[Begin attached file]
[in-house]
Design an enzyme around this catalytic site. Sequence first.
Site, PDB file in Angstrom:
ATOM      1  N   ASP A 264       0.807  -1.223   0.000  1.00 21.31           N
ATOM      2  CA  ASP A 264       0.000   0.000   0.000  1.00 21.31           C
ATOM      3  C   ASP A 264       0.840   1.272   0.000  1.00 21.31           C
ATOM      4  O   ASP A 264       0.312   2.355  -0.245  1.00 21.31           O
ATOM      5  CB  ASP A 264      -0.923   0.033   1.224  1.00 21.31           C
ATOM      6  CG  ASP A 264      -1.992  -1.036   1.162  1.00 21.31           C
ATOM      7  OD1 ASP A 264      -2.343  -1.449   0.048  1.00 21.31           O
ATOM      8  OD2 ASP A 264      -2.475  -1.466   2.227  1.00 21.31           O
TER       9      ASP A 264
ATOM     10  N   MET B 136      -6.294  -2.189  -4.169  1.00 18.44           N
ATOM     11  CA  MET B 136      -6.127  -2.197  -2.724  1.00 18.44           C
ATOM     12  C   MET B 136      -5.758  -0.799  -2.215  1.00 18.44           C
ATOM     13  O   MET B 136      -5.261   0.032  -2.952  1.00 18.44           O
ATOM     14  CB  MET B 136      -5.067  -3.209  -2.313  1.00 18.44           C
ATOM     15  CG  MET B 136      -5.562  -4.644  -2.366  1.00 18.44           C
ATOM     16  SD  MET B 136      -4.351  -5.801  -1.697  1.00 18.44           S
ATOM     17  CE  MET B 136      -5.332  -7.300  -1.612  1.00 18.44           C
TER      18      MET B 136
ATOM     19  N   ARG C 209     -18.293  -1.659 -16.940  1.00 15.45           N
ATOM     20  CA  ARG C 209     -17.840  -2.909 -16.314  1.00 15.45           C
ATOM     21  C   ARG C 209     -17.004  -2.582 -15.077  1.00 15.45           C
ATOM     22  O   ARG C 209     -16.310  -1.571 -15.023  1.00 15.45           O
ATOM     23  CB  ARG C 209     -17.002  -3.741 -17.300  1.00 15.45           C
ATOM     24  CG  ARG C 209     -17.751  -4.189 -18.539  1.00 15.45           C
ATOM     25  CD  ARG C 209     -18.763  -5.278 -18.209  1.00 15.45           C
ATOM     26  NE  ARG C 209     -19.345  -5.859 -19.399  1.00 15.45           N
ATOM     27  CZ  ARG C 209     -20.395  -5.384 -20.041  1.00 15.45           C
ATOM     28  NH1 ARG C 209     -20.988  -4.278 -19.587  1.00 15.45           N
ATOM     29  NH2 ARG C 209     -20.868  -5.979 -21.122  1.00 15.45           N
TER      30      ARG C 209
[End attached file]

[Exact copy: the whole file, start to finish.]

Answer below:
[in-house]
Design an enzyme around this catalytic site. Sequence first.
Site, PDB file in Angstrom:
ATOM      1  N   ASP A 264       0.807  -1.223   0.000  1.00 21.31           N
ATOM      2  CA  ASP A 264       0.000   0.000   0.000  1.00 21.31           C
ATOM      3  C   ASP A 264       0.840   1.272   0.000  1.00 21.31           C
ATOM      4  O   ASP A 264       0.312   2.355  -0.245  1.00 21.31           O
ATOM      5  CB  ASP A 264      -0.923   0.033   1.224  1.00 21.31           C
ATOM      6  CG  ASP A 264      -1.992  -1.036   1.162  1.00 21.31           C
ATOM      7  OD1 ASP A 264      -2.343  -1.449   0.048  1.00 21.31           O
ATOM      8  OD2 ASP A 264      -2.475  -1.466   2.227  1.00 21.31           O
TER       9      ASP A 264
ATOM     10  N   MET B 136      -6.294  -2.189  -4.169  1.00 18.44           N
ATOM     11  CA  MET B 136      -6.127  -2.197  -2.724  1.00 18.44           C
ATOM     12  C   MET B 136      -5.758  -0.799  -2.215  1.00 18.44           C
ATOM     13  O   MET B 136      -5.261   0.032  -2.952  1.00 18.44           O
ATOM     14  CB  MET B 136      -5.067  -3.209  -2.313  1.00 18.44           C
ATOM     15  CG  MET B 136      -5.562  -4.644  -2.366  1.00 18.44           C
ATOM     16  SD  MET B 136      -4.351  -5.801  -1.697  1.00 18.44           S
ATOM     17  CE  MET B 136      -5.332  -7.300  -1.612  1.00 18.44           C
TER      18      MET B 136
ATOM     19  N   ARG C 209     -18.293  -1.659 -16.940  1.00 15.45           N
ATOM     20  CA  ARG C 209     -17.840  -2.909 -16.314  1.00 15.45           C
ATOM     21  C   ARG C 209     -17.004  -2.582 -15.077  1.00 15.45           C
ATOM     22  O   ARG C 209     -16.310  -1.571 -15.023  1.00 15.45           O
ATOM     23  CB  ARG C 209     -17.002  -3.741 -17.300  1.00 15.45           C
ATOM     24  CG  ARG C 209     -17.751  -4.189 -18.539  1.00 15.45           C
ATOM     25  CD  ARG C 209     -18.763  -5.278 -18.209  1.00 15.45           C
ATOM     26  NE  ARG C 209     -19.345  -5.859 -19.399  1.00 15.45           N
ATOM     27  CZ  ARG C 209     -20.395  -5.384 -20.041  1.00 15.45           C
ATOM     28  NH1 ARG C 209     -20.988  -4.278 -19.587  1.00 15.45           N
ATOM     29  NH2 ARG C 209     -20.868  -5.979 -21.122  1.00 15.45           N
TER      30      ARG C 209